Orate (sound installation, Brooklyn, 2008) Kate V Robertson
Spontane Kate V Robertson
Opine Tramway Kate V Robertson
Indefinite Flame Kate V Robertson
Untitled (Font) Kate V Robertson
Untitled (Document) Kate V Robertson
What Structures Intermedia Kate V Robertson
Exposures Kate V Robertson
Expire Tramway Kate V Robertson Chimney
Phenomena Project
Social Progress Through Contemporary Art
Kate V Robertson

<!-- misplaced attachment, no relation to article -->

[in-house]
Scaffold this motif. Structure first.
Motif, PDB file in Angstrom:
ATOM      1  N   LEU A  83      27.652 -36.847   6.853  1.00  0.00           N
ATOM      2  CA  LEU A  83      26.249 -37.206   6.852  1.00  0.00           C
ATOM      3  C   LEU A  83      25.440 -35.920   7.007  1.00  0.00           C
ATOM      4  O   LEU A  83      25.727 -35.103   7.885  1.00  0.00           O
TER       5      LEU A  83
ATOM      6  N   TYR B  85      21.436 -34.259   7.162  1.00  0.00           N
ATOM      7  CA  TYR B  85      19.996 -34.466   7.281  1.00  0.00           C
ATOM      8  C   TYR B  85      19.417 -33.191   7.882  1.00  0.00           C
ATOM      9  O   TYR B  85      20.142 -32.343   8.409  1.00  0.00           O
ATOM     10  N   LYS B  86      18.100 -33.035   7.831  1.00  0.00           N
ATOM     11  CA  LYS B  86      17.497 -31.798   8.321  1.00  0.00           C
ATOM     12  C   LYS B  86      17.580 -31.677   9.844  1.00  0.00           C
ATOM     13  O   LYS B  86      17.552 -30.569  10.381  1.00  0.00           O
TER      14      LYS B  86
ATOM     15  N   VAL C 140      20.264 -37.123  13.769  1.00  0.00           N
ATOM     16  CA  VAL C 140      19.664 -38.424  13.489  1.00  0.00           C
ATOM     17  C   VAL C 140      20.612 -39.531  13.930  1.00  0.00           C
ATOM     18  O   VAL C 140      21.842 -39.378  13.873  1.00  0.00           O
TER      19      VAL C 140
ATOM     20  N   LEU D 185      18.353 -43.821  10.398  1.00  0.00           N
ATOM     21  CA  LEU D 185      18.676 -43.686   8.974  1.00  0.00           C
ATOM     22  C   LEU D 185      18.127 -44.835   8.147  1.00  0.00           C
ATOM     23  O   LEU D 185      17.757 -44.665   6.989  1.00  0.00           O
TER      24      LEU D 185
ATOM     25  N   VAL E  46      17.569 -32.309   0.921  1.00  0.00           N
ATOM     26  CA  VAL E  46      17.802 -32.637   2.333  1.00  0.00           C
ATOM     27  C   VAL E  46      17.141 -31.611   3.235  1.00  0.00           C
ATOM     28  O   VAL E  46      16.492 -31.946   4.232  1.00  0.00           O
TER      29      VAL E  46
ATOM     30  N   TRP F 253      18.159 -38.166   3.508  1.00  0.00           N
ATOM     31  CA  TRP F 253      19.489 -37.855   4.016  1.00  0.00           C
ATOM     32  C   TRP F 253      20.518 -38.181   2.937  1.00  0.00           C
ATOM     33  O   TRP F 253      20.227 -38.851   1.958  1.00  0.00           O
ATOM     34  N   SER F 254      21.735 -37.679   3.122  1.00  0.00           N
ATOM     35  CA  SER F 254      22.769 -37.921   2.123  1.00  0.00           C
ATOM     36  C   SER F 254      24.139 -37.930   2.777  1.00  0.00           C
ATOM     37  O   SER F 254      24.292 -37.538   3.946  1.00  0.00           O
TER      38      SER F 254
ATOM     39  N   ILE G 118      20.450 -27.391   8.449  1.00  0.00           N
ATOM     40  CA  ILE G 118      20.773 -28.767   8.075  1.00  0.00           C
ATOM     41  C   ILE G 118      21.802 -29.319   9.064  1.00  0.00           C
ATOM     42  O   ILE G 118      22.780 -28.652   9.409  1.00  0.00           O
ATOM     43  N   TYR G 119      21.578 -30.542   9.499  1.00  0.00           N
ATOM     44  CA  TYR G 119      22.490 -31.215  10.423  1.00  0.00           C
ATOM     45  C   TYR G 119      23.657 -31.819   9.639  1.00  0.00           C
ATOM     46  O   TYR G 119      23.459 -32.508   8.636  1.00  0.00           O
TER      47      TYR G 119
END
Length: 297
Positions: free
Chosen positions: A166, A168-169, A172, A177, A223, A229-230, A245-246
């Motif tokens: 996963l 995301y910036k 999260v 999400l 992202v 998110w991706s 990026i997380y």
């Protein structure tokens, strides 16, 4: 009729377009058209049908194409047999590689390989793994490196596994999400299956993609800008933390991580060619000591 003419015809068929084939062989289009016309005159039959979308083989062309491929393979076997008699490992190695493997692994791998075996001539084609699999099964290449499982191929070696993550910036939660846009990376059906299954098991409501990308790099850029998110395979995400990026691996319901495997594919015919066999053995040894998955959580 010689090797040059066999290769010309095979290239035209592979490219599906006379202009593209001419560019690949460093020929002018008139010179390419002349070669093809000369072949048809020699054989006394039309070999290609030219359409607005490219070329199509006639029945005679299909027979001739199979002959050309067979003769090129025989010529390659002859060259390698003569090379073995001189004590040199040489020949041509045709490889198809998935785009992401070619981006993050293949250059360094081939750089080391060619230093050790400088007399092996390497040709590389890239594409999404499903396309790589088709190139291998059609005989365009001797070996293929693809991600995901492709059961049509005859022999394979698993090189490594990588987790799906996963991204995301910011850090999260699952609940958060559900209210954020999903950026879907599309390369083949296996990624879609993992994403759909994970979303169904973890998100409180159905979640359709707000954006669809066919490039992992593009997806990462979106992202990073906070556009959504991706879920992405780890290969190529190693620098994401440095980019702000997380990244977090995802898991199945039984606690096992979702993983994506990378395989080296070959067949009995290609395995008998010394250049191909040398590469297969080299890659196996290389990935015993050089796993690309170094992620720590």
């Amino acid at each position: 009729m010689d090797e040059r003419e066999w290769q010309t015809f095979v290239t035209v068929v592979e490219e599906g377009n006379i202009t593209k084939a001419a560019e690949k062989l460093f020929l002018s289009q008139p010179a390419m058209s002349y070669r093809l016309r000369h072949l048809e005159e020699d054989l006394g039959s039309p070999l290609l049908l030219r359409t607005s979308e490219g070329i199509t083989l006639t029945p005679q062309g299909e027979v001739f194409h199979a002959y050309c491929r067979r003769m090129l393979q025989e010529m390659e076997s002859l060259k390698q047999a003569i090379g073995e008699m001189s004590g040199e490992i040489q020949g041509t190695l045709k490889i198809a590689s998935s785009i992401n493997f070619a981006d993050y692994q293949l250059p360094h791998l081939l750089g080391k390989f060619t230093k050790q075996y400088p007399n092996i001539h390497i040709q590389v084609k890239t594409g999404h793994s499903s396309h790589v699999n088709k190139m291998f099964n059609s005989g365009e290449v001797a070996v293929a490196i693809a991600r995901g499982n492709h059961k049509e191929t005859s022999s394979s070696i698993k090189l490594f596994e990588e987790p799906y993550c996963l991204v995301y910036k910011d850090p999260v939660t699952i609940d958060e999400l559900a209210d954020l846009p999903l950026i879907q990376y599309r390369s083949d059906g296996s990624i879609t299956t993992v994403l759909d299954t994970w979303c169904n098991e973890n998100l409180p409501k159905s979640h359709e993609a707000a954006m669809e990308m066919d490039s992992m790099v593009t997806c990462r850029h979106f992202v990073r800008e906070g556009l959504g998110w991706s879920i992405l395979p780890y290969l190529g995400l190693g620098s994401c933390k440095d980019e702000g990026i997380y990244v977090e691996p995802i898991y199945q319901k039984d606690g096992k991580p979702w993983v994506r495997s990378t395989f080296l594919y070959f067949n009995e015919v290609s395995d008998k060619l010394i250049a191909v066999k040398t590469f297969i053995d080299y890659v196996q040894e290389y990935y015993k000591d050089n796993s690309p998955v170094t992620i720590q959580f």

Kate V Robertson is a visual artist based in Glasgow, Scotland. Since graduating from an MFA at Glasgow School of Art in 2009, she has exhibited in group shows in Berlin and Glasgow, a solo show in Glasgow, and was shortlisted for the Artists Taking the Lead commission (Scotland) as part of the London 2012 Cultural Olympiad. Later in 2010 Kate will have a solo exhibition at Feinkost, Berlin, and Edinburgh Sculpture Workshops. I am concerned with ideas of the existential or futile, particularly in relation to ideology, communication and progress. My work addresses failure and disappointment, in a variety of ways, often referring to cultural or political history. Sometimes the work performs failure, by deliberately malfunctioning or miscommunicating, and other times it has a metaphorical or allegorical relationship to the subject matter. The tone of my work usually rests between humour, melancholy and pathos, and often requires a level of observation or interaction from the viewer. My work is often temporary, ephemeral or temperamental. Unpredictability, experimentation and the possibility/probability of failure are very much a part of the process and the end results. Currently, the form of my output is predominantly sculptural, but I have a varied practice - encompassing audio, performance, found objects, images, video, text and works in public. "Kate V Robertson’s intertwining impulses – subverting, failing, malfunctioning, predictions of obsolescent, instinctive fabrications, miscommunication  – materialize through lines of intermittency.... her equilibrium between bringing something into existence, its uncertainty, its collapse, its surrender and illusions of solidity." [excerpt from essay by Alex Hetherington, 2010]